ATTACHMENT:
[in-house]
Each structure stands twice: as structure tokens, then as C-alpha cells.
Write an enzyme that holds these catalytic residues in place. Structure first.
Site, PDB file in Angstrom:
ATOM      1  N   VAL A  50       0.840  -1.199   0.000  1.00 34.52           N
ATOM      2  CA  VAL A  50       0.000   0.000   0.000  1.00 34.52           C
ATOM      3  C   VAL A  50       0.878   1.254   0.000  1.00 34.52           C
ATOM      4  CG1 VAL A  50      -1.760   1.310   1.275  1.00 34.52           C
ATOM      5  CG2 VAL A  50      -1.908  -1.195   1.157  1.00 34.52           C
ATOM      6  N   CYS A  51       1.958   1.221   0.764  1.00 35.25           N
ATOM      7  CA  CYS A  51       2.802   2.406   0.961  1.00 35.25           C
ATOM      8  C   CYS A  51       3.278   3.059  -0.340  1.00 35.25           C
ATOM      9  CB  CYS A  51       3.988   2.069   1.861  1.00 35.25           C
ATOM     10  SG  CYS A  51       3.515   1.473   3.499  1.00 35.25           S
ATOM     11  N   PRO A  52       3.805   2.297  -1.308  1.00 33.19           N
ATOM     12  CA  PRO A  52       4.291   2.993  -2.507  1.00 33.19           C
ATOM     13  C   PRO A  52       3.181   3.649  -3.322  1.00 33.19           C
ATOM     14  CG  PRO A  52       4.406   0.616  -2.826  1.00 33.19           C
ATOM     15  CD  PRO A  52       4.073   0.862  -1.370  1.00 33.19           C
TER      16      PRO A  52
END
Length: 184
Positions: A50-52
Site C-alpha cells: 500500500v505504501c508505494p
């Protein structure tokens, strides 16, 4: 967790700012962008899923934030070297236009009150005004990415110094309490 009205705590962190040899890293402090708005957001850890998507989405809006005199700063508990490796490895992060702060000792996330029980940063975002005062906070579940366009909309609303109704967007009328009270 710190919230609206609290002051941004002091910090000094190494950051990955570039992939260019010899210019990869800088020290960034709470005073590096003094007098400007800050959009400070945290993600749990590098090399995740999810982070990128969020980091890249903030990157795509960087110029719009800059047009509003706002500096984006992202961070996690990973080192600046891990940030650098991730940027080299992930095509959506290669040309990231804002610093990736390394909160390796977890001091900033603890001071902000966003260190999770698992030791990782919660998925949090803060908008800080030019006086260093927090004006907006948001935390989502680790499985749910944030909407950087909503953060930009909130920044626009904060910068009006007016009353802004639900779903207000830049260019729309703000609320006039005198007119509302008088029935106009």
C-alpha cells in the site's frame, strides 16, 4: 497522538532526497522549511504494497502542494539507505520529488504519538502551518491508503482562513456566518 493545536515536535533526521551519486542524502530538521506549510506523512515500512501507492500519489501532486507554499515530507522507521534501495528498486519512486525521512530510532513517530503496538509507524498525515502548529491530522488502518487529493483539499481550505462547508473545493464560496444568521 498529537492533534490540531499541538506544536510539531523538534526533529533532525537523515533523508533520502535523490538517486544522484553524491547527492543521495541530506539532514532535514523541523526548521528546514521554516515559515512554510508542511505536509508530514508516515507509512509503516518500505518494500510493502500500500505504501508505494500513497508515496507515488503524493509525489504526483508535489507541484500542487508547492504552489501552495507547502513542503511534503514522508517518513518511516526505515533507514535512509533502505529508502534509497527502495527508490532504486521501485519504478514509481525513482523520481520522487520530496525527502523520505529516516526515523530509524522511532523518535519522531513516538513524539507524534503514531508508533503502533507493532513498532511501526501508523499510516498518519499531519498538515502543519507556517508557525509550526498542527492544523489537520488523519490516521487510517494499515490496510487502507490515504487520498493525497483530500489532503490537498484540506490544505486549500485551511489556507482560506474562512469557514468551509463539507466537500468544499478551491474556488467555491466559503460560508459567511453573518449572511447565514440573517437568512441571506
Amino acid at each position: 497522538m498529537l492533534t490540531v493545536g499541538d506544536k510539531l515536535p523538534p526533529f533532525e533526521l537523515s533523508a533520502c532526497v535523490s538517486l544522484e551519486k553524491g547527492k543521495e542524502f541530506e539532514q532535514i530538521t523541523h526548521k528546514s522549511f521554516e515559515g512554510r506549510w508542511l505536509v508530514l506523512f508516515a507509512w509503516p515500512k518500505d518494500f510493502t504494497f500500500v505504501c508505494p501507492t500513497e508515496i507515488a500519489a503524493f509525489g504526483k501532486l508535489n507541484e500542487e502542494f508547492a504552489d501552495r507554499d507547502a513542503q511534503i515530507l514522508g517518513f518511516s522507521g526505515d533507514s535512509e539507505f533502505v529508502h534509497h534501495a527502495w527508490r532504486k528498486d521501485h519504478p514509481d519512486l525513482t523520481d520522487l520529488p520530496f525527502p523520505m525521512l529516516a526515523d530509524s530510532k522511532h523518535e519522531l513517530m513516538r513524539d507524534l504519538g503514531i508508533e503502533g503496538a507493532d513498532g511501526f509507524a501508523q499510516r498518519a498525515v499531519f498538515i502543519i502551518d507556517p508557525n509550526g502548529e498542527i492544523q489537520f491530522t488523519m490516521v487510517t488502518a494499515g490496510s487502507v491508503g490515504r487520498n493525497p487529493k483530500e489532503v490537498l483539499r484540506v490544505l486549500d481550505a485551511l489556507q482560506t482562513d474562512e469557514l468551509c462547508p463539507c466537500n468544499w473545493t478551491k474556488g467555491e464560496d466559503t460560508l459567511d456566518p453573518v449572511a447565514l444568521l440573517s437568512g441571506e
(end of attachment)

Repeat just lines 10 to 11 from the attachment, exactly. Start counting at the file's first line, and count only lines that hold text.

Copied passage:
ATOM      6  N   CYS A  51       1.958   1.221   0.764  1.00 35.25           N
ATOM      7  CA  CYS A  51       2.802   2.406   0.961  1.00 35.25           C